- Consonants that Help Create a Clear Sound: If you're not getting a clear sound, sing "nay, nay, nay" or "may, may, may". If you hear a crackle when you try this, it means you are using too much force and your vocal cords are coming together too much and not enough air is flowing. In that case, try "shee, shee, shee" or "shay, shay, shay" which will relax the chords because "sh" releases air. If now you find that the crackle is gone, but your sound is too airy, and light, lacking power, then switch to "gee, gee, gee" and "goo, goo, goo" (as in "goon" and "good"). Your chords will come together right away with the hard "G" consonant. If your sound now feels too gripped, as if your making a crackly sound, switch to the consonant "K" and sing "Kee, Kee, Kee" or "koo, Koo, Koo". The "K" will release more air through your vocal chords, and your chords won't feel like they are jamming up. If you're back to a breathy, weak sound, try "Je, Je, Je" (as in "Je m'appelle"). The "Je" will bring your chords together again. "Je" is impossible to crackle through, so I love to use that consonant for voices that are too pressed and too strained. There's no short cut. Simply practice till you get it. If you're feeling frustated, take a break and come back to it. Keep it fun. Move the exercise fast enough, so you don't have time to think about lots of other things.
- Try to fix things on the fly. If you're feeling like you have a tight throat, let out more air and see if that does the trick. It often does. If you're still having trouble your larynx is probably going too high, which never feels good. Dumb up your sound. Put a light (not airy and not breathy), slightly dopey sound into your vowels and that will correct the high larynx problem. Do not use a loud "dopey" sound. Start dopey and gradually make your sound less dopey, so your larynx will settle at speech level. Be patient with yourself.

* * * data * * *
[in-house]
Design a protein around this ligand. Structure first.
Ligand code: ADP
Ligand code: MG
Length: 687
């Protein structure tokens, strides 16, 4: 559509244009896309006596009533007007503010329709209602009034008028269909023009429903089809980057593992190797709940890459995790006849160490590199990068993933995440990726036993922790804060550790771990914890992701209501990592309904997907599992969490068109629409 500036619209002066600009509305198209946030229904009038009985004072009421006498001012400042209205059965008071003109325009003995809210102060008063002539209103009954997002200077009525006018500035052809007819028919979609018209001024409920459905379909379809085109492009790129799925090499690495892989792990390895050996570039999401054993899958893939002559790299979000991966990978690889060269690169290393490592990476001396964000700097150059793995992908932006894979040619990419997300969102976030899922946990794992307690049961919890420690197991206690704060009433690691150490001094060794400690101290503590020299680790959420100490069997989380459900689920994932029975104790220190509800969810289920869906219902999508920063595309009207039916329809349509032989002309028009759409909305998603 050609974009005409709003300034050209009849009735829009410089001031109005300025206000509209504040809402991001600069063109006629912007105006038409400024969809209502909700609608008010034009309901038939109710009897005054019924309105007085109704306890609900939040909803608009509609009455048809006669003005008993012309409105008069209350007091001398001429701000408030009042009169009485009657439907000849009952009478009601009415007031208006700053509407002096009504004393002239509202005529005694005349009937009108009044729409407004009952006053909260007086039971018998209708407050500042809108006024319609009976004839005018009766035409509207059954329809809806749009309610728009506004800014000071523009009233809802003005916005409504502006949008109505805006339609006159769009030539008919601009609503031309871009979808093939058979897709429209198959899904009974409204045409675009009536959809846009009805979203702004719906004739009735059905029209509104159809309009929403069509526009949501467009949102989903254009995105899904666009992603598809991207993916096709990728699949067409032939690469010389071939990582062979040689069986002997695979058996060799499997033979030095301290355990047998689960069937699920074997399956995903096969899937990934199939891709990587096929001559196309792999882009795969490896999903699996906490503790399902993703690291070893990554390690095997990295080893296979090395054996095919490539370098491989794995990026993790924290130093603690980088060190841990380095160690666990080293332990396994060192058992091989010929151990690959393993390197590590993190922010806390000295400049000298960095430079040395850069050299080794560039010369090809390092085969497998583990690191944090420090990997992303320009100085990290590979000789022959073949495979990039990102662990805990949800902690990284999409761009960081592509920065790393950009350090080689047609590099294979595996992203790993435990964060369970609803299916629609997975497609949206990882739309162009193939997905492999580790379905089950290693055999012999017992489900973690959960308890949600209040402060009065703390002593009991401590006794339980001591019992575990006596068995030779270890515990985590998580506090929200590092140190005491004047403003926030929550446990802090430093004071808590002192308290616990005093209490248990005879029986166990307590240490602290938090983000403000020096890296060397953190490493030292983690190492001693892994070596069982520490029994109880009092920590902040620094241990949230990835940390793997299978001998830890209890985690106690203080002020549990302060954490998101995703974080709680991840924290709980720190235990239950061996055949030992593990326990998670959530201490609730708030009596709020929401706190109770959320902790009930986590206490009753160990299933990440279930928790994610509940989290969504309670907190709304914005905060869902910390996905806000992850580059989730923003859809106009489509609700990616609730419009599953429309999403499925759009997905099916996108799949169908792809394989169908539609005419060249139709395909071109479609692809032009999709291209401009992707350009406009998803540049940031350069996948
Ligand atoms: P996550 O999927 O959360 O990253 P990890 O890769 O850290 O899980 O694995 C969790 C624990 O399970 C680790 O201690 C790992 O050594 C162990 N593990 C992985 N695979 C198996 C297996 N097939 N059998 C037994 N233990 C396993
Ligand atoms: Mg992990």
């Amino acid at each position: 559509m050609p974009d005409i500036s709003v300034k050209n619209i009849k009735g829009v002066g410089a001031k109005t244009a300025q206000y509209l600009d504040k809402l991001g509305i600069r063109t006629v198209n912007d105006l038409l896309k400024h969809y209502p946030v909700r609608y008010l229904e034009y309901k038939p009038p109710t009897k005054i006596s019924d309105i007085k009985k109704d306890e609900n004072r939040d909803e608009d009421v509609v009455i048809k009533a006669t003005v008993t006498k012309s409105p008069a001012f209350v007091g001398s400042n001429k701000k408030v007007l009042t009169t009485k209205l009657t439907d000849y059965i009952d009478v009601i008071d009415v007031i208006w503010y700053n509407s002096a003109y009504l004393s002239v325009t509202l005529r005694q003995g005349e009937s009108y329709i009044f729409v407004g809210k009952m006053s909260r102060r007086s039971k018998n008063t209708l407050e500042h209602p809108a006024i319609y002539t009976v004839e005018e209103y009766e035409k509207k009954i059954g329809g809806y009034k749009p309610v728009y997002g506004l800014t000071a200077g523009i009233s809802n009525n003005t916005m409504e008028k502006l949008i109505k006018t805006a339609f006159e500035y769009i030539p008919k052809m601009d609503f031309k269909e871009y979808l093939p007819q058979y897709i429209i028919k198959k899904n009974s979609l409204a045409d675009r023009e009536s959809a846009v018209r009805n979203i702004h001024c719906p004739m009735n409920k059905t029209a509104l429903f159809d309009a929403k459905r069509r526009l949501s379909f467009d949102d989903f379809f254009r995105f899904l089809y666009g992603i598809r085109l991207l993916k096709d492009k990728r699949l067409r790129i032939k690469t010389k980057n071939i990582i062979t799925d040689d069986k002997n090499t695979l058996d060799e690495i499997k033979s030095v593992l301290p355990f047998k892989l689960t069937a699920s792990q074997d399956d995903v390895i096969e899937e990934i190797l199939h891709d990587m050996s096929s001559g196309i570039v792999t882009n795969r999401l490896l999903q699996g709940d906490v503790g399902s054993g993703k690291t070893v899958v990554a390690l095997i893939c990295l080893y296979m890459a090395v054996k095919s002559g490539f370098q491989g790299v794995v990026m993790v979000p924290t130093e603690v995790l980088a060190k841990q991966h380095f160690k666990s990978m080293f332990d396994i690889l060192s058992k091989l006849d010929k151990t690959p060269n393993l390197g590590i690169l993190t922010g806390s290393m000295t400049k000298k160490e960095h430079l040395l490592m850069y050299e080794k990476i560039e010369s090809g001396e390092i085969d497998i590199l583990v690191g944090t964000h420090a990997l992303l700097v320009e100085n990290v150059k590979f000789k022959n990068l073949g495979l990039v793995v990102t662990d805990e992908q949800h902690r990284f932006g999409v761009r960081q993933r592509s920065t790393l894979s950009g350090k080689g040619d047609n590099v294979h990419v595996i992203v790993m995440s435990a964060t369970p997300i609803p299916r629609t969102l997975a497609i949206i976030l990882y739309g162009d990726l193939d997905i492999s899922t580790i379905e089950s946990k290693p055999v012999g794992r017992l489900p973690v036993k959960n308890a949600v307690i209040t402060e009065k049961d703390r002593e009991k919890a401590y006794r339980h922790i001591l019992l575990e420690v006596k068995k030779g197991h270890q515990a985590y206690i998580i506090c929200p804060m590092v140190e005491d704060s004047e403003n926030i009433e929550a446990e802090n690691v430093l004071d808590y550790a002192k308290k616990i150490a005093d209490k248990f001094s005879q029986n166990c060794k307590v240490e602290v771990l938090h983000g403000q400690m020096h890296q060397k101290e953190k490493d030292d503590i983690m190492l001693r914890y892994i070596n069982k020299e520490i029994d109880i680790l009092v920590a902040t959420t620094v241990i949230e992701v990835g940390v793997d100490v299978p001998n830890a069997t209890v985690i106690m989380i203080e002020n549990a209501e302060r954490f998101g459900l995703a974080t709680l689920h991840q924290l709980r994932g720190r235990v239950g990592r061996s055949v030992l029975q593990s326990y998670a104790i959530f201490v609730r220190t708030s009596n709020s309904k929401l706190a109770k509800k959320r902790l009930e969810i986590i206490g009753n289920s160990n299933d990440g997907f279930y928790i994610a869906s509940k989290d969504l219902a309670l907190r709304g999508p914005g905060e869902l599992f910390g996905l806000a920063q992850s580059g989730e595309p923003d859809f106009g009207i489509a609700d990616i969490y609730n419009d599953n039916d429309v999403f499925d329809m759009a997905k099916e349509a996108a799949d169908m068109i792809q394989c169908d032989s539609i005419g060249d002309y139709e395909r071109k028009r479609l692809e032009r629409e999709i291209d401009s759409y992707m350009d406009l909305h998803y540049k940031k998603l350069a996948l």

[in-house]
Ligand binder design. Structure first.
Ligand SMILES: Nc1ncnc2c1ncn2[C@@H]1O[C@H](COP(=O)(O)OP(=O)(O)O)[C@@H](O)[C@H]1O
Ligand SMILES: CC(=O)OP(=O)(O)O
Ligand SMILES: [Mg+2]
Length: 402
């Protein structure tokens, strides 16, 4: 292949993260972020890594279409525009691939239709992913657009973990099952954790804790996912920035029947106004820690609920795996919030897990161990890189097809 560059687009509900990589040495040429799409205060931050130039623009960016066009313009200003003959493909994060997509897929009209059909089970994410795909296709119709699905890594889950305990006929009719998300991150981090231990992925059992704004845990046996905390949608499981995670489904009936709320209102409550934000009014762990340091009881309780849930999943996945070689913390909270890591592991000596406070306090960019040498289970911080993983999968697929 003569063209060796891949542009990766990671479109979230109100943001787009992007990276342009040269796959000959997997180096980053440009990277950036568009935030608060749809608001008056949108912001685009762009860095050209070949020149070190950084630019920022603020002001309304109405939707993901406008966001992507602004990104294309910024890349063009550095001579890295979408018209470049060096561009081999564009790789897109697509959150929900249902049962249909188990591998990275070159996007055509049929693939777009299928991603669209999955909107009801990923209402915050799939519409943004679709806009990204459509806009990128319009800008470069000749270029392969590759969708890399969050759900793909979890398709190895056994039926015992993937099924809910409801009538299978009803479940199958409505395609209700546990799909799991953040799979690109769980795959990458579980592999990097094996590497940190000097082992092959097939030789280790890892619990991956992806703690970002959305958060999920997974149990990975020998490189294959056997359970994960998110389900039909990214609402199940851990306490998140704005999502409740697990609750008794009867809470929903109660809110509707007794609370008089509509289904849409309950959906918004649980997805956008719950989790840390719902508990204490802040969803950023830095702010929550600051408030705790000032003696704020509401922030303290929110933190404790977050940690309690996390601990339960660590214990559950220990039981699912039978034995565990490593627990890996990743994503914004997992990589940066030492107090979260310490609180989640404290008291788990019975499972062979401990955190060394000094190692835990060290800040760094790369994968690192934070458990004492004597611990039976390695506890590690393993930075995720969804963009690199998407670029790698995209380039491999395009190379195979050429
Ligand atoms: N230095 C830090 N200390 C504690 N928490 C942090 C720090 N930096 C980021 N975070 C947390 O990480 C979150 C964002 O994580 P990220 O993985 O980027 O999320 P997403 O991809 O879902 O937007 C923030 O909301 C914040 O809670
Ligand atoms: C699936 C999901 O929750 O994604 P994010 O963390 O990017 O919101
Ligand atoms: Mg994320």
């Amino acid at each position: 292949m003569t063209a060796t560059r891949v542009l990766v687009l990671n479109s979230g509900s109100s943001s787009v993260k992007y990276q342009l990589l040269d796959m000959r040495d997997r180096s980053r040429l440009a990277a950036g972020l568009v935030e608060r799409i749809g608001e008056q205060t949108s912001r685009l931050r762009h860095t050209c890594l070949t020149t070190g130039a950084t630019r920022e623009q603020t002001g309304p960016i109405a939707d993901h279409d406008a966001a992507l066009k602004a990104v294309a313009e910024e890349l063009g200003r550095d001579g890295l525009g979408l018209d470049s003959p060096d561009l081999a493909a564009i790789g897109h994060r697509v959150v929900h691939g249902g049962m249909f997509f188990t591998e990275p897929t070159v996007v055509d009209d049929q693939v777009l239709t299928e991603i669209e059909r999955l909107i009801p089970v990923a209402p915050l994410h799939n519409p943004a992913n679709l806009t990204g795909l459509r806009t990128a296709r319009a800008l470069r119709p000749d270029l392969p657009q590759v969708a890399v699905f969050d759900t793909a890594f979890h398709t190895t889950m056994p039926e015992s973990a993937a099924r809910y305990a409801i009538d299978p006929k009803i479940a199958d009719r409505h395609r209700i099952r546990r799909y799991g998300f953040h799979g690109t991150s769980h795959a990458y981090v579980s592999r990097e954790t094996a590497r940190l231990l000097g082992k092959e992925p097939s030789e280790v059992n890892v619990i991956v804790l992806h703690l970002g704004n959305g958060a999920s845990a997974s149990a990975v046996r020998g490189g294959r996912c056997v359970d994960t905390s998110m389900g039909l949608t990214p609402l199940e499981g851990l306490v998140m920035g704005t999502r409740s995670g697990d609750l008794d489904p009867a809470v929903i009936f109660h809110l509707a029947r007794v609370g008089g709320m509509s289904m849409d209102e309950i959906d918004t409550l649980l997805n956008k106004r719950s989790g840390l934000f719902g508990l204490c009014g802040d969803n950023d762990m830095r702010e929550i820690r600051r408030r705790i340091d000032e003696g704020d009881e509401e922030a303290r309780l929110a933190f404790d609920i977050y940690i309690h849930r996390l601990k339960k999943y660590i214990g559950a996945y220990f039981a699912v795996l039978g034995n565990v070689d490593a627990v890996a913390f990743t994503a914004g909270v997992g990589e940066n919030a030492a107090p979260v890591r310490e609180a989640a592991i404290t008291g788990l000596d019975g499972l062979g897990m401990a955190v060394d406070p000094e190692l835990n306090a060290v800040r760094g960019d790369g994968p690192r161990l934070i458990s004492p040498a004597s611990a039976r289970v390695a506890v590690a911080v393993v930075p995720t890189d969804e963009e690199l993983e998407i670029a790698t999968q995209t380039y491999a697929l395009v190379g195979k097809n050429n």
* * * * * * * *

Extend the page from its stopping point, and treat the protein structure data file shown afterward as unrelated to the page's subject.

- Warm up your voice with a clear tone. Balance the right amount of vocal chord closure and airflow. If you do, your singing will feel reeeeeeeeally easy! (Read above, "Consonants that Help Create a Clear Sound"). Do not warm up with a breathy, airy tone unless your teacher has specifically given you exercises to help you stop gripping and squeezing your vocal cords together.
- What to do if you squeeze or yell through difficult parts of your vocal range. Some singers squeeze their vocal cords together so much that their voice is very scratchy, with crackle sounds. The voice sounds like a yell as they go higher and higher. If you are one of those singers, don't worry. There is a solution. All you need is a few exercises with consonants that help you release air (sh,k,f). Exchange these consonants for the words you're singing, but keep the vowels.
You can also do the WEE WEE exercise.